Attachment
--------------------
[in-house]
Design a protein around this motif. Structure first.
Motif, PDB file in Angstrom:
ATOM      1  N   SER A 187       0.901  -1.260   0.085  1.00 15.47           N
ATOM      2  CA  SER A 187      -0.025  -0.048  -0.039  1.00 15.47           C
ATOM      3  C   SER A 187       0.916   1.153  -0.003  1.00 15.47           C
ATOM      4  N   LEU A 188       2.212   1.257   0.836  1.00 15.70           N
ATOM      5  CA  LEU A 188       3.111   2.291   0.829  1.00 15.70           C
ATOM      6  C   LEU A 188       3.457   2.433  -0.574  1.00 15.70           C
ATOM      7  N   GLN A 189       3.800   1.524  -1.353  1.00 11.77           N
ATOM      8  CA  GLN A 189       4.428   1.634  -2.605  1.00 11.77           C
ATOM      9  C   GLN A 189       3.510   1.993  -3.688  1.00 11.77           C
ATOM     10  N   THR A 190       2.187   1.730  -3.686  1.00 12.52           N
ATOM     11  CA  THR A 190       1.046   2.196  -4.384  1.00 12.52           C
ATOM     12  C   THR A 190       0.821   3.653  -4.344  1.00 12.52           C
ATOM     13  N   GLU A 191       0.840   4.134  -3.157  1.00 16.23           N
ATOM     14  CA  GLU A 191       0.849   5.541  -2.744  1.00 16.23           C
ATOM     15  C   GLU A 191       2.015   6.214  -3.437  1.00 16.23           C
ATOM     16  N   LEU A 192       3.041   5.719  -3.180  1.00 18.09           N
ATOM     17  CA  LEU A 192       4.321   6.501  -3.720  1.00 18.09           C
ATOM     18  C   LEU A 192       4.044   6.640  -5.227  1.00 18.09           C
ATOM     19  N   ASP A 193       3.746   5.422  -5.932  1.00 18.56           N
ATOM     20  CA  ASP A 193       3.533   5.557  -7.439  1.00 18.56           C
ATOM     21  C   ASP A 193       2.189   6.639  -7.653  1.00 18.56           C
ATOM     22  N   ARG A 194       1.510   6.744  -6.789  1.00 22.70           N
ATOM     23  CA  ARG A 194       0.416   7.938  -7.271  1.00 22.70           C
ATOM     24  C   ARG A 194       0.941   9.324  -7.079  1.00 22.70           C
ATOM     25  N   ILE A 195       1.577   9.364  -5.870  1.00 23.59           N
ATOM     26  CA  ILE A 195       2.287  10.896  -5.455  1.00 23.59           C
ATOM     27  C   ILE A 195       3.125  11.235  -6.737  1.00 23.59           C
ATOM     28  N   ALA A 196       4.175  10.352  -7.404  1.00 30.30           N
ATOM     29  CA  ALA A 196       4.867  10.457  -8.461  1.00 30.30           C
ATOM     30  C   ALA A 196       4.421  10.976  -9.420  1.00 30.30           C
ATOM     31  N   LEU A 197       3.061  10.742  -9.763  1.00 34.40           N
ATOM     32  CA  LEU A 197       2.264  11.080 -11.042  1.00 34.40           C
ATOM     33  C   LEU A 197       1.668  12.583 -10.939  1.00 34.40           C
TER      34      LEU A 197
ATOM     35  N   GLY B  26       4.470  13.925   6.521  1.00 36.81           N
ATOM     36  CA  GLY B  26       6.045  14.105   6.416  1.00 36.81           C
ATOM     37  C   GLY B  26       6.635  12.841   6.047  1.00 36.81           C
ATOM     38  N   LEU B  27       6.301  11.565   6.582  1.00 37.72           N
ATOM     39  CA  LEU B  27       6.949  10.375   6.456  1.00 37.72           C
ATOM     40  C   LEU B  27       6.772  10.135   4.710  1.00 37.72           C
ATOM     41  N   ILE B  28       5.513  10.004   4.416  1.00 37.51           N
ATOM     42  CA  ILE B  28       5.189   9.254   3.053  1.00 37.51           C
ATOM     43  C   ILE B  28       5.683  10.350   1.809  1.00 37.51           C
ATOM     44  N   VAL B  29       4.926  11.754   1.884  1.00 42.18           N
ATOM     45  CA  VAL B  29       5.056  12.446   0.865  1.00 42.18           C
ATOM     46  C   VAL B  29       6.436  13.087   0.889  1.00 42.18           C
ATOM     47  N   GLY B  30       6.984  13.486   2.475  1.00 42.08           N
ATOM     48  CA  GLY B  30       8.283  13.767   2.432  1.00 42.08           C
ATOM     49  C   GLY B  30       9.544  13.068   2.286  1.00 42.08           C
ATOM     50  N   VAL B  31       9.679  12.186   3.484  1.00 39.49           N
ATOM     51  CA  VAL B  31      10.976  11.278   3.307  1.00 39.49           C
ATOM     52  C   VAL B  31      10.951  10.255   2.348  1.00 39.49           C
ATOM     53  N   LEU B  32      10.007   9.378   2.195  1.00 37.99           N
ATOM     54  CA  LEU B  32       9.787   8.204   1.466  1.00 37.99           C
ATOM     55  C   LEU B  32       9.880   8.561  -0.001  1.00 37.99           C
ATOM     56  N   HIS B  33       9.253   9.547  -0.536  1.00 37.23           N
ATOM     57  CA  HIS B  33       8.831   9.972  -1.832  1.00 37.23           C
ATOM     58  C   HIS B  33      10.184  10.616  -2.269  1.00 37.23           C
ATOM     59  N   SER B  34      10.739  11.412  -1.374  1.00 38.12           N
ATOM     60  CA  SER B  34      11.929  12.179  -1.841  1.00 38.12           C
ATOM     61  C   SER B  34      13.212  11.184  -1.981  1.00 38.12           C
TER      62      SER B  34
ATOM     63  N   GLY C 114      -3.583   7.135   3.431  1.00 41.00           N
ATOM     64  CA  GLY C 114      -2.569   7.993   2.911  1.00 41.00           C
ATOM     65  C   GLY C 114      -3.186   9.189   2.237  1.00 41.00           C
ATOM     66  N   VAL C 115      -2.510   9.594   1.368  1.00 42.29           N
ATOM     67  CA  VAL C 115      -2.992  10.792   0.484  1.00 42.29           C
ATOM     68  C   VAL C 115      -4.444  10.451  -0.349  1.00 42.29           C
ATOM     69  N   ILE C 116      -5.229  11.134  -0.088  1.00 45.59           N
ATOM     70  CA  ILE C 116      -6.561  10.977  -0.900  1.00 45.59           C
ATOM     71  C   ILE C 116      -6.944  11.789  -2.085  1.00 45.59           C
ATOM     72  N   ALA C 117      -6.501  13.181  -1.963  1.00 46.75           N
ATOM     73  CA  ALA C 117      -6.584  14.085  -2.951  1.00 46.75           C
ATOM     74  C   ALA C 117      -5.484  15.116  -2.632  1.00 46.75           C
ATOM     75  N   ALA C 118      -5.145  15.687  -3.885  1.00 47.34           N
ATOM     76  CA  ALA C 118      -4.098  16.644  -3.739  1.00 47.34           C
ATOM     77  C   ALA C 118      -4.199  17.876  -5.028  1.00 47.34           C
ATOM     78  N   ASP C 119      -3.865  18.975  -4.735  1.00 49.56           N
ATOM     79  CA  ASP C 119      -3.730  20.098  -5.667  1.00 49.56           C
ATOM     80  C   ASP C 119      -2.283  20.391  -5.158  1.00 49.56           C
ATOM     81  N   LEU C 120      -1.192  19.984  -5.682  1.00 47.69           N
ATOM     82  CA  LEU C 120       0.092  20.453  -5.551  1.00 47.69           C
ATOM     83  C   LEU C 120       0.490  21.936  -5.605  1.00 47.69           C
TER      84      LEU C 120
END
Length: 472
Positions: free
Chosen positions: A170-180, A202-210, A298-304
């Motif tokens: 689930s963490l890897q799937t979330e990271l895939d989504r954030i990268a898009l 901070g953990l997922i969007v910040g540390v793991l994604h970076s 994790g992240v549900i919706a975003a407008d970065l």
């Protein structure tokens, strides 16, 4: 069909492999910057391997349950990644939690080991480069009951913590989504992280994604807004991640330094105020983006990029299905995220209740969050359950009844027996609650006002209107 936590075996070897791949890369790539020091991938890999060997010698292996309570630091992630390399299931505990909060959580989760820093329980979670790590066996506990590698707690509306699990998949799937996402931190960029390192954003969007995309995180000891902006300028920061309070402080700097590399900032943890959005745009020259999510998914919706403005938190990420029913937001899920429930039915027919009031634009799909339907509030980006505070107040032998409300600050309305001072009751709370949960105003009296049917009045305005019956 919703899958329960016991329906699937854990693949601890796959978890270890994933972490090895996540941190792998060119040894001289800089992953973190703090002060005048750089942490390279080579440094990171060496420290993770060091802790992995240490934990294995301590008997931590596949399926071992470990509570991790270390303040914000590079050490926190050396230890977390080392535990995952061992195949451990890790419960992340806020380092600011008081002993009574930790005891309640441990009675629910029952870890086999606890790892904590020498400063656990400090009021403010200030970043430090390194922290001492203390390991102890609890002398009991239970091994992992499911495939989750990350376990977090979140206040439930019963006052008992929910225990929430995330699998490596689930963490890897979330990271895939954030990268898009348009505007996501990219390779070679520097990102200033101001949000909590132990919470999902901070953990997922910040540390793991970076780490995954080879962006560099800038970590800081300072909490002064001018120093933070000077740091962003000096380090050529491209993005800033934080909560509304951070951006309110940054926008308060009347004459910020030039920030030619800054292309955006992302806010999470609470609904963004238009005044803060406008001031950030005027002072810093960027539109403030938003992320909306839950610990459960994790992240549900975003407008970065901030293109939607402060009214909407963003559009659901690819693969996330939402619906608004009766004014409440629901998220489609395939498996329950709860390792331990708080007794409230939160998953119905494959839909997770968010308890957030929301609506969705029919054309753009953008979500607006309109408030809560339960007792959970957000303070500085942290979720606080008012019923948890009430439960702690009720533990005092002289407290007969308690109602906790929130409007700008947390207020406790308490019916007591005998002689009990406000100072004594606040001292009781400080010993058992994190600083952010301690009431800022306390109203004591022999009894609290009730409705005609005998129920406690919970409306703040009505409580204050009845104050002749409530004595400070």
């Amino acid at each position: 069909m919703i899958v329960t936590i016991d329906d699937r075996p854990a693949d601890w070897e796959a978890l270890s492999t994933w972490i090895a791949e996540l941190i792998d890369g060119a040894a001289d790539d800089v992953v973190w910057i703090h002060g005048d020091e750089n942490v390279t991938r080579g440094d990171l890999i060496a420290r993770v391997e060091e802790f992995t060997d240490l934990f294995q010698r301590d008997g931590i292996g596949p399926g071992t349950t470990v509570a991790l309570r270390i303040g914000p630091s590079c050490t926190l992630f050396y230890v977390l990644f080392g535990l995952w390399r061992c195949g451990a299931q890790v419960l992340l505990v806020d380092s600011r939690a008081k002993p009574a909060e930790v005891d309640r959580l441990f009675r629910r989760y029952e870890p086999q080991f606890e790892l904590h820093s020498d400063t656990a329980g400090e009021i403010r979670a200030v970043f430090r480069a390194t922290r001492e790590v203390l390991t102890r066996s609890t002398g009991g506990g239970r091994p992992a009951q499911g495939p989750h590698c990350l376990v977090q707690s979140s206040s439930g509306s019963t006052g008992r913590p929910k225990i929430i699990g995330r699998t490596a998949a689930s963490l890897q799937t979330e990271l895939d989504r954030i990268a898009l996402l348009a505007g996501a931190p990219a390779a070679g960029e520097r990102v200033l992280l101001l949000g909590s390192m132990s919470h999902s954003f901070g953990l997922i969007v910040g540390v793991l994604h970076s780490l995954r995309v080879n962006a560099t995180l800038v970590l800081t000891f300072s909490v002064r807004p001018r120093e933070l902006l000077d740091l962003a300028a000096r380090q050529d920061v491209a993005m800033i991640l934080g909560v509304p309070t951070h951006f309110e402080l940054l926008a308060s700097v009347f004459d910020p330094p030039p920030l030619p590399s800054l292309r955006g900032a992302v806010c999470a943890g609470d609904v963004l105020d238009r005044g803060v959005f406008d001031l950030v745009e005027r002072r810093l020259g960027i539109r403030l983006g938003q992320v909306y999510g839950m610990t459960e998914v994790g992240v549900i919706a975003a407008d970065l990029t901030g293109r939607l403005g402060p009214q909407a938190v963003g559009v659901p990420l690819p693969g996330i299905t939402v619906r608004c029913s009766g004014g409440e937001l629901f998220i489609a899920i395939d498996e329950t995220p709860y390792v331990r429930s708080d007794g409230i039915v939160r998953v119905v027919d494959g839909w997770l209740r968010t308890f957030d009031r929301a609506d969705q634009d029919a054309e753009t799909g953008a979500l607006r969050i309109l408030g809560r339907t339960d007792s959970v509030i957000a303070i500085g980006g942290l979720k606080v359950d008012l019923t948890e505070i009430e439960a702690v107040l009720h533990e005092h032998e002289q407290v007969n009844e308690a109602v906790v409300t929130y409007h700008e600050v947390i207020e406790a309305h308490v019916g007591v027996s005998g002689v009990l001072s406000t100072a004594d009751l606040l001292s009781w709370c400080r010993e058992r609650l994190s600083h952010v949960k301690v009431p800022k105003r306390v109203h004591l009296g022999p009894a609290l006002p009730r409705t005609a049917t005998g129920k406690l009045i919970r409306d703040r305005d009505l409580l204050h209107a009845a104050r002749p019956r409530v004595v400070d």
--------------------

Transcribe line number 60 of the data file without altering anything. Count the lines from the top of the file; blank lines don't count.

ATOM     57  CA  HIS B  33       8.831   9.972  -1.832  1.00 37.23           C